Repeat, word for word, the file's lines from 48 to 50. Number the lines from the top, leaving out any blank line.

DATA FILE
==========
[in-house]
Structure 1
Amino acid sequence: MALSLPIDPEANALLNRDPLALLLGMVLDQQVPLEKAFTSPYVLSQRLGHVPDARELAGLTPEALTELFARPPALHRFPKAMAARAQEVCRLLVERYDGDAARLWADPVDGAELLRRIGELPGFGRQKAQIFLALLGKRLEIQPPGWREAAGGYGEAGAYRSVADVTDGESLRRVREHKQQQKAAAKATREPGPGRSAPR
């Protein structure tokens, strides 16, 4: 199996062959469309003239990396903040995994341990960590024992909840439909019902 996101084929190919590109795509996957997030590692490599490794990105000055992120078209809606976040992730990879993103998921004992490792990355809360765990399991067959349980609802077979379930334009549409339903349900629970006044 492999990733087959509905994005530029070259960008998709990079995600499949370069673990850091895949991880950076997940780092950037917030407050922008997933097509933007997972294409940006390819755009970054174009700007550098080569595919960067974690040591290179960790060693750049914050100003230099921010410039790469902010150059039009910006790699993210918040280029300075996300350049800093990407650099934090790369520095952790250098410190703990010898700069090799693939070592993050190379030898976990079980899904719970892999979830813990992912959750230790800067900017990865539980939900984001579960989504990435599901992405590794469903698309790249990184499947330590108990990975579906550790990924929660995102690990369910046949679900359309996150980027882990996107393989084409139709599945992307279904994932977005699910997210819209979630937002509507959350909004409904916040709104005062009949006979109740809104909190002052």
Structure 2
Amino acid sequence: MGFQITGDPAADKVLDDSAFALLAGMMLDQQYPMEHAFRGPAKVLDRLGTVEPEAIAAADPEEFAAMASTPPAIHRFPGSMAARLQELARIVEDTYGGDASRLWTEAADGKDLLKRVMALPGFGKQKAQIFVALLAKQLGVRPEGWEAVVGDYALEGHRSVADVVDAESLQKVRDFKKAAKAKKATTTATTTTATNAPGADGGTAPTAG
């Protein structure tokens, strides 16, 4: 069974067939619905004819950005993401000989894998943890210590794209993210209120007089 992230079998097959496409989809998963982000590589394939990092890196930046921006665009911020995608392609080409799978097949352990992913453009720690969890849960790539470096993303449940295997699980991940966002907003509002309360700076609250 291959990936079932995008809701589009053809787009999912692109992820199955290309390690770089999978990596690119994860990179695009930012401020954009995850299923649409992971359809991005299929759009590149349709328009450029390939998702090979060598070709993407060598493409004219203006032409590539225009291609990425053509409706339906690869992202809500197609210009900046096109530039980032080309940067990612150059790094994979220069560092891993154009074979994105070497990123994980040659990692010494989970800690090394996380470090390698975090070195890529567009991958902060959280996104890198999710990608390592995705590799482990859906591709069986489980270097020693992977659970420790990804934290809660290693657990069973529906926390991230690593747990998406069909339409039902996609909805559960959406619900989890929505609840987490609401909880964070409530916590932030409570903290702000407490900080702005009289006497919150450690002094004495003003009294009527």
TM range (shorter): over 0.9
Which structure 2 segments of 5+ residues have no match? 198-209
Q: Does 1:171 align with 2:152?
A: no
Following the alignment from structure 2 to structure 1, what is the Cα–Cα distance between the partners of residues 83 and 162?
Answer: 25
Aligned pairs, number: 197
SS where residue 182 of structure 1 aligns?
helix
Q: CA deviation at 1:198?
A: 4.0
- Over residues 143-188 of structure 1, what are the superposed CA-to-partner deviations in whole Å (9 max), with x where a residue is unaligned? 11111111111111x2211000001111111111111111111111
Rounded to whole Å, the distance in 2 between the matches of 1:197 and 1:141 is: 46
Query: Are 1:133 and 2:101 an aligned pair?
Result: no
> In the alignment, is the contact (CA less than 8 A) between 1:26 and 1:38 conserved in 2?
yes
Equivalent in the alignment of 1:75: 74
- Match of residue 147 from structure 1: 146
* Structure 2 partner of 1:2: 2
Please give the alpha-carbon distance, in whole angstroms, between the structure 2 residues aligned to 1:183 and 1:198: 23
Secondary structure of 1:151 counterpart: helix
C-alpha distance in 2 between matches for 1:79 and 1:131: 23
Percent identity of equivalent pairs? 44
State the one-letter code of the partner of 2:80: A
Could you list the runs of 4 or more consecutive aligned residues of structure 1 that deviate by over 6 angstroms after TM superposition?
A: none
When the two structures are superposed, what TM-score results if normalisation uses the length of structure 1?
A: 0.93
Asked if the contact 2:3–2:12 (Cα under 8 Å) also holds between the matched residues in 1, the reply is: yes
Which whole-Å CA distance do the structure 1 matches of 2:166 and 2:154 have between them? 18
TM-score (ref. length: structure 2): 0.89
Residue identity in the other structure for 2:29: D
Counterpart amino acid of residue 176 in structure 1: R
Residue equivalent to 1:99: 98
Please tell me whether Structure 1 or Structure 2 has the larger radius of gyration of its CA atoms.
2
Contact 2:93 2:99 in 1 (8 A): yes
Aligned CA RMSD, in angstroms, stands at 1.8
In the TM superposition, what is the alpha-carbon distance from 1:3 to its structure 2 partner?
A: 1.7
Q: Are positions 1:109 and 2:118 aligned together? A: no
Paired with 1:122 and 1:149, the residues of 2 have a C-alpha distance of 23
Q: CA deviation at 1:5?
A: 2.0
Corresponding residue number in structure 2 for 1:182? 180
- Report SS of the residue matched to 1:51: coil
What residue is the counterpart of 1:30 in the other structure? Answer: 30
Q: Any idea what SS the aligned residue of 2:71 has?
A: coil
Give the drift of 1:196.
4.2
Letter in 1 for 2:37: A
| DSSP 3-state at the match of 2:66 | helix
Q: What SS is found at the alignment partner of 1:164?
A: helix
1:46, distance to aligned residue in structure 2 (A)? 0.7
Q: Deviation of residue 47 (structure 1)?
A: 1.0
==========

A: 1.7
Q: Are positions 1:109 and 2:118 aligned together? A: no
Paired with 1:122 and 1:149, the residues of 2 have a C-alpha distance of 23